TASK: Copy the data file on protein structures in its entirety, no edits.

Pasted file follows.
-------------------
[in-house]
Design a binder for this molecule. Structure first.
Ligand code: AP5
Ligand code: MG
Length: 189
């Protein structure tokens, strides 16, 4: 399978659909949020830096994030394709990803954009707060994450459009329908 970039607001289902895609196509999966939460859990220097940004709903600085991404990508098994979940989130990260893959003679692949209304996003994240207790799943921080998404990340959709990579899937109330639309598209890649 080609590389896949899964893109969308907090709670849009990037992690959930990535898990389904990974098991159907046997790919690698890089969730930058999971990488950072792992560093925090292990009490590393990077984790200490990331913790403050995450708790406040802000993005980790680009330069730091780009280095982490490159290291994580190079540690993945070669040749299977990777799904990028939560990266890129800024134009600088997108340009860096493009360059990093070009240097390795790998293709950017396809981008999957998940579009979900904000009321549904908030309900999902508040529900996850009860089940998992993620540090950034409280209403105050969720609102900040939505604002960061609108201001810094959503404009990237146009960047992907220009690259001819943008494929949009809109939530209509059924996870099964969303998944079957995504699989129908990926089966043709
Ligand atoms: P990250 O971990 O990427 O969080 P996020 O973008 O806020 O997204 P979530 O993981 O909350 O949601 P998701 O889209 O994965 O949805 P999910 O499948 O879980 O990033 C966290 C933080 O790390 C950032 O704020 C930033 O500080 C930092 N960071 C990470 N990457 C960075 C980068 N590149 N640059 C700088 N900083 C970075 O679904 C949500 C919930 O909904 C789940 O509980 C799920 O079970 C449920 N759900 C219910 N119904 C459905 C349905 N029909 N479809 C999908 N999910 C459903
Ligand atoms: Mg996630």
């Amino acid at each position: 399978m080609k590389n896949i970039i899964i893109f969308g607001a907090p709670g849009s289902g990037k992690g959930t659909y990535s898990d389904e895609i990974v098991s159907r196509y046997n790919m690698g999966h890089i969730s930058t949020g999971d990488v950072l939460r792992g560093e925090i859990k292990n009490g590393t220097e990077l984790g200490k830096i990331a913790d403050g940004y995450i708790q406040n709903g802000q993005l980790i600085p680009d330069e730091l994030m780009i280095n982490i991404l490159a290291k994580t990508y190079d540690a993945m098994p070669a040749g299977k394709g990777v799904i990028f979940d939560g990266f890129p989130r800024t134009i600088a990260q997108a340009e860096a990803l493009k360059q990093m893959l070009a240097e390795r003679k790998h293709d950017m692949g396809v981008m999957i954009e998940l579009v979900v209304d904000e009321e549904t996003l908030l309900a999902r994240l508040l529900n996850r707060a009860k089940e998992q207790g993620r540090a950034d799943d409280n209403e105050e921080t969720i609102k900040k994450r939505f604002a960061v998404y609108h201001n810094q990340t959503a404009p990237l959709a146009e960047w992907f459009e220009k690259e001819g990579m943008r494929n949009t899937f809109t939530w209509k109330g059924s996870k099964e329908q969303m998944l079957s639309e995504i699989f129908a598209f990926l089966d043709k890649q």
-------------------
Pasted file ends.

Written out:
[in-house]
Design a binder for this molecule. Structure first.
Ligand code: AP5
Ligand code: MG
Length: 189
């Protein structure tokens, strides 16, 4: 399978659909949020830096994030394709990803954009707060994450459009329908 970039607001289902895609196509999966939460859990220097940004709903600085991404990508098994979940989130990260893959003679692949209304996003994240207790799943921080998404990340959709990579899937109330639309598209890649 080609590389896949899964893109969308907090709670849009990037992690959930990535898990389904990974098991159907046997790919690698890089969730930058999971990488950072792992560093925090292990009490590393990077984790200490990331913790403050995450708790406040802000993005980790680009330069730091780009280095982490490159290291994580190079540690993945070669040749299977990777799904990028939560990266890129800024134009600088997108340009860096493009360059990093070009240097390795790998293709950017396809981008999957998940579009979900904000009321549904908030309900999902508040529900996850009860089940998992993620540090950034409280209403105050969720609102900040939505604002960061609108201001810094959503404009990237146009960047992907220009690259001819943008494929949009809109939530209509059924996870099964969303998944079957995504699989129908990926089966043709
Ligand atoms: P990250 O971990 O990427 O969080 P996020 O973008 O806020 O997204 P979530 O993981 O909350 O949601 P998701 O889209 O994965 O949805 P999910 O499948 O879980 O990033 C966290 C933080 O790390 C950032 O704020 C930033 O500080 C930092 N960071 C990470 N990457 C960075 C980068 N590149 N640059 C700088 N900083 C970075 O679904 C949500 C919930 O909904 C789940 O509980 C799920 O079970 C449920 N759900 C219910 N119904 C459905 C349905 N029909 N479809 C999908 N999910 C459903
Ligand atoms: Mg996630």
């Amino acid at each position: 399978m080609k590389n896949i970039i899964i893109f969308g607001a907090p709670g849009s289902g990037k992690g959930t659909y990535s898990d389904e895609i990974v098991s159907r196509y046997n790919m690698g999966h890089i969730s930058t949020g999971d990488v950072l939460r792992g560093e925090i859990k292990n009490g590393t220097e990077l984790g200490k830096i990331a913790d403050g940004y995450i708790q406040n709903g802000q993005l980790i600085p680009d330069e730091l994030m780009i280095n982490i991404l490159a290291k994580t990508y190079d540690a993945m098994p070669a040749g299977k394709g990777v799904i990028f979940d939560g990266f890129p989130r800024t134009i600088a990260q997108a340009e860096a990803l493009k360059q990093m893959l070009a240097e390795r003679k790998h293709d950017m692949g396809v981008m999957i954009e998940l579009v979900v209304d904000e009321e549904t996003l908030l309900a999902r994240l508040l529900n996850r707060a009860k089940e998992q207790g993620r540090a950034d799943d409280n209403e105050e921080t969720i609102k900040k994450r939505f604002a960061v998404y609108h201001n810094q990340t959503a404009p990237l959709a146009e960047w992907f459009e220009k690259e001819g990579m943008r494929n949009t899937f809109t939530w209509k109330g059924s996870k099964e329908q969303m998944l079957s639309e995504i699989f129908a598209f990926l089966d043709k890649q």